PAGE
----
Tuesday, July 03, 2007

More on Barefoot Running Form

I found some photos of runners which show very well the correct running form I mentioned in my earlier post. Here they are. A picture is worth . . .


Pictures (Top to Bottom)
1. Ken Bob Saxton
2. Rick Roeber
3. Ted McDonald (in Vibram 5-Fingers)
4. Brett Williams
5. Zola Budd

Monday, July 02, 2007

More Thoughts on Running Form

A new barefoot runner posted in http://sports.groups.yahoo.com/group/RunningBarefoot that he sustained a stress fracture in his foot because he was trying to land on the balls of his feet without changing the rest of his form. Ouch! This is why it is so essential to change the whole running form, not just how your feet contact the ground! Here is what I wrote in response to his post:

Hello and congratulations!

You have been very effectively "taught" by your foot how NOT to run!
Barefoot running education may be free, but not without costs, sometimes.

I also suffered a stress fracture in my left foot almost identical to yours - I was doing the same (wrong) thing by trying to land "ball" first without changing the rest of my running form. This happened to me just about 7 or 8 months into my barefoot running career. I was 50 years old at the time and, like you, had to "un-learn" many years of wrong running form.

My advice, now, to you is this: Let the foot heal completely, expect 8 to 10 weeks for this. Don't push it at all during this time!

After your foot has completely healed, start back to using it very slowly. The most important thing is to NOT repeat the process that got you injured in the first place!

Yes, you can learn to run barefoot correctly. The hardest thing for me was (and is) to release from my MIND my old running form and force my new running form in its place.

When you are completely healed, I suggest you try this:

Run in place, barefoot, for some period of time before actually moving forward. The reason -- you cannot land wrong on your feet while running in place. In fact, I challenge anyone who wants to try it, to really try landing heel-first while running in place! Good luck!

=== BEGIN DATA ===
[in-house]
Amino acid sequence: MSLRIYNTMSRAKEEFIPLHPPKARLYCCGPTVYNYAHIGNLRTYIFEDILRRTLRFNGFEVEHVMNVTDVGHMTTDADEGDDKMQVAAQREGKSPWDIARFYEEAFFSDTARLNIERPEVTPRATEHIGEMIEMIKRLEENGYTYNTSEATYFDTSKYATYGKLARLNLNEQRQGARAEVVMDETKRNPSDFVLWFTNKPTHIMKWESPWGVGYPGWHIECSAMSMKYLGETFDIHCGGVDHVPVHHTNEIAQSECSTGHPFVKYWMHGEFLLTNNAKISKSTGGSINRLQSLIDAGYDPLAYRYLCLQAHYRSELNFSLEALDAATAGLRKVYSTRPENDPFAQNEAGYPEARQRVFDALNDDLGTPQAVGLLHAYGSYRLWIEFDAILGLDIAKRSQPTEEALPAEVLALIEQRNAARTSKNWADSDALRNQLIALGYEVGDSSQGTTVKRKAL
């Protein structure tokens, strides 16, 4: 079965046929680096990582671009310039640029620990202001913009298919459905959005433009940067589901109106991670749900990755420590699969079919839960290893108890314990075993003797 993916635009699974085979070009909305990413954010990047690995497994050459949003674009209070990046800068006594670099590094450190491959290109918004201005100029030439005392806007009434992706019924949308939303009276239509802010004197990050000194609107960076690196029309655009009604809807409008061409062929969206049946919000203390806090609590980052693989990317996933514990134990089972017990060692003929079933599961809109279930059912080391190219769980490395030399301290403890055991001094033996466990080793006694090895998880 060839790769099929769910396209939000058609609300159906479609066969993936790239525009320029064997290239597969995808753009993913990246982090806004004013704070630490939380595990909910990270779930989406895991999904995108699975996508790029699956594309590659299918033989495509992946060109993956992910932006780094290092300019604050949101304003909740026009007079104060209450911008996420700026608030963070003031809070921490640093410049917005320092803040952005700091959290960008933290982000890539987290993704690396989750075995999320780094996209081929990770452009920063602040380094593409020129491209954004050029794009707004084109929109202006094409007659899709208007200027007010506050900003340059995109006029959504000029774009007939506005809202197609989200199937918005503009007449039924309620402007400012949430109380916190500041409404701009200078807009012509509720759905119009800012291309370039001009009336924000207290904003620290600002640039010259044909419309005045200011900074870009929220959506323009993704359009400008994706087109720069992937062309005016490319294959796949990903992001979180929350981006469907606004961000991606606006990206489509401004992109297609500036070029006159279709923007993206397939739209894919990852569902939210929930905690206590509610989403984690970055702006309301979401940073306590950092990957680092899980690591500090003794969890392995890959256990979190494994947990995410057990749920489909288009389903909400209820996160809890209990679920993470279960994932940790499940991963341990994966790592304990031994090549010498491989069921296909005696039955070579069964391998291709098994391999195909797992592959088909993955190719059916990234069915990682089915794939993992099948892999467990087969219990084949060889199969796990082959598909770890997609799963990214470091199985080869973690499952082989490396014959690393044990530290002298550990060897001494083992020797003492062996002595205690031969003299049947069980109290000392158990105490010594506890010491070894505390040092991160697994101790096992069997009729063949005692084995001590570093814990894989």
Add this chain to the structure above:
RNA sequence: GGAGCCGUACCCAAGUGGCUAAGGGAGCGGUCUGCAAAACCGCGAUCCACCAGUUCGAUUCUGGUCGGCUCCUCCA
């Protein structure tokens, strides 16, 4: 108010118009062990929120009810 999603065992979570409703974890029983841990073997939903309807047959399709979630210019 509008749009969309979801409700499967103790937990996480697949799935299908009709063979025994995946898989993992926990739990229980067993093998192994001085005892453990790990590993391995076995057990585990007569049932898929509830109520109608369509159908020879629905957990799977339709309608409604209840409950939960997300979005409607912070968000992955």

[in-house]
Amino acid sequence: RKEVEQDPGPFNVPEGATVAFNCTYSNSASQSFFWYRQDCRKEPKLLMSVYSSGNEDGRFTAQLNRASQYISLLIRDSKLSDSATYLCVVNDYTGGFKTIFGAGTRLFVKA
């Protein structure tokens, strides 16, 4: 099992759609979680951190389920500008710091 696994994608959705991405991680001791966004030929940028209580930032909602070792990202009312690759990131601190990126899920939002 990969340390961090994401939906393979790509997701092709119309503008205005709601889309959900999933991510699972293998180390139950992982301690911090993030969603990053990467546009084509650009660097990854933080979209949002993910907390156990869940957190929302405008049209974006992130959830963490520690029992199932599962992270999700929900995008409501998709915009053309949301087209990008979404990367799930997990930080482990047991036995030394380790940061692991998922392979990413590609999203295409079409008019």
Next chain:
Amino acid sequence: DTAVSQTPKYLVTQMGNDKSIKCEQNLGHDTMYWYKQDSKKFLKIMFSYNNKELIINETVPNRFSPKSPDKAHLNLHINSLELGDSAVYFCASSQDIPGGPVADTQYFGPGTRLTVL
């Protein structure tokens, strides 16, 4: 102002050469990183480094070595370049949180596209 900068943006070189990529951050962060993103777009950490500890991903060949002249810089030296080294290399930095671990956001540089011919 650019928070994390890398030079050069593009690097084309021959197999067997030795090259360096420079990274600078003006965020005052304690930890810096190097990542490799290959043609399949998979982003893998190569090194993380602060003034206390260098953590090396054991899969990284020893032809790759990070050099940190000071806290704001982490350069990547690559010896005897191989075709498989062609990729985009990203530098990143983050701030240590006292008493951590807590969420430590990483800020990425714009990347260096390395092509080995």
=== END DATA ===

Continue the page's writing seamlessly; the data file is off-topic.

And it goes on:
While running in place, don't push off with your forefeet. Think about lifting your entire foreleg by lifting your thigh and knee straight up. Notice that your shins stay at a nearly vertical angle each time you put your foot down. Experiment with bending your knees. What happens when you bend your knees MORE than you think is necessary? Notice how easy and natural it is to land forefoot? Notice the nice stretch in your Achilles?

Implant in your mind the feel of this running form. Close your eyes and imagine you are running miles upon miles over hills and highways while using only this form. You are trying to re-train your brain to forget your old form and to accept a different form of running.

When you are ready to actually start going forward, don't change a thing about your foot and leg action. The only thing you need to change is where your hips are in relation to your shins. While running in place, your hips and torso are pretty much directly above your (nearly vertical) shins. To move forward, let your hips and torso be a little more in front of your shins. Keep knees bent. You're moving forward! Yay!

Good running form feels a little precarious at first, as if you are balancing on the edge of a forward fall. This is because your body's center of gravity IS balanced on the forward edge of your comfort zone. If you hold that feeling while running, you will have many hours and miles of smooth, effortless running in store.

As soon as you feel your form start to change (your brain is getting in the way) STOP. The problem is, IF you let your brain convince you to move more into a 'protective spot' -- that is, relaxing your form so your torso is comfortably and 'safely' in the middle of your strides -- you will no longer be running easy and your feet will take a beating for sure! You WANT to be at the leading edge of your forward stride. So correct your brain: Run in place a little bit, and start to press your hips and torso ahead of your shins again. Allow yourself to LOVE that precarious position.

I think of the difference between running in the correct zone and the incorrect zone in terms of triangles. Imagine your hip is the top point of a triangle (looking from the side), your forward foot is the front point and your rearward foot is the back point.

Poor form wants to balance your top point in the middle of the front and back points - a 'solid' 'safe' position, but terrible for your feet. In this 'solid' position, your front foot blocks your forward movement and you have to pull and push your body weight forward with your legs to get your center over the spot where your front foot first slammed down.

Correct barefoot form tips the triangle forward so the top point is over the front point and the rear point is somewhere up in the air. It feels precarious. But its very easy to lightly place your foot directly beneath your torso and you keep moving forward without any push-off. With your knee bent, your 'front' foot is naturally and effortlessly placed BHB without forcing it.

So, to run barefoot easily and safely for your feet, joints and muscles, learn to run inside of that forward, precarious balance position.